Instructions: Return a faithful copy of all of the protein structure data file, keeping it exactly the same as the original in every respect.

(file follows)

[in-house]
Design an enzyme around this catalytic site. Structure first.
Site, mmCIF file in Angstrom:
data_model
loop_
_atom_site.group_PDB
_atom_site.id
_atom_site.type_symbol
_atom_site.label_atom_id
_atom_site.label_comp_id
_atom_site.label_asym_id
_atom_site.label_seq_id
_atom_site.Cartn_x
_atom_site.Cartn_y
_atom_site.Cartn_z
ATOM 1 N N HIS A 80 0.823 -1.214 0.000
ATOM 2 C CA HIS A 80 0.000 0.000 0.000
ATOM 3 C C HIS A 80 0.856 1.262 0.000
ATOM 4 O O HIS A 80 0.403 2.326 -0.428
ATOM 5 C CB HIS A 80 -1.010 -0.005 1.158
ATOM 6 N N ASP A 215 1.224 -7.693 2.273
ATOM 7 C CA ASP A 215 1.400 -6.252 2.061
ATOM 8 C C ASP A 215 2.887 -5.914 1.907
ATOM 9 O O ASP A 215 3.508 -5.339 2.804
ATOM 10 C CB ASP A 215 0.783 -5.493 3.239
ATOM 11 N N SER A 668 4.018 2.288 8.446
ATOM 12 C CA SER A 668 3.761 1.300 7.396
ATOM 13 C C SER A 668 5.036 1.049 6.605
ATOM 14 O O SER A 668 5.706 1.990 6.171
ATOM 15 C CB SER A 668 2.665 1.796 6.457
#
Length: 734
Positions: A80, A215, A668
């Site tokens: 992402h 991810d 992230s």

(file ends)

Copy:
[in-house]
Design an enzyme around this catalytic site. Structure first.
Site, mmCIF file in Angstrom:
data_model
loop_
_atom_site.group_PDB
_atom_site.id
_atom_site.type_symbol
_atom_site.label_atom_id
_atom_site.label_comp_id
_atom_site.label_asym_id
_atom_site.label_seq_id
_atom_site.Cartn_x
_atom_site.Cartn_y
_atom_site.Cartn_z
ATOM 1 N N HIS A 80 0.823 -1.214 0.000
ATOM 2 C CA HIS A 80 0.000 0.000 0.000
ATOM 3 C C HIS A 80 0.856 1.262 0.000
ATOM 4 O O HIS A 80 0.403 2.326 -0.428
ATOM 5 C CB HIS A 80 -1.010 -0.005 1.158
ATOM 6 N N ASP A 215 1.224 -7.693 2.273
ATOM 7 C CA ASP A 215 1.400 -6.252 2.061
ATOM 8 C C ASP A 215 2.887 -5.914 1.907
ATOM 9 O O ASP A 215 3.508 -5.339 2.804
ATOM 10 C CB ASP A 215 0.783 -5.493 3.239
ATOM 11 N N SER A 668 4.018 2.288 8.446
ATOM 12 C CA SER A 668 3.761 1.300 7.396
ATOM 13 C C SER A 668 5.036 1.049 6.605
ATOM 14 O O SER A 668 5.706 1.990 6.171
ATOM 15 C CB SER A 668 2.665 1.796 6.457
#
Length: 734
Positions: A80, A215, A668
């Site tokens: 992402h 991810d 992230s």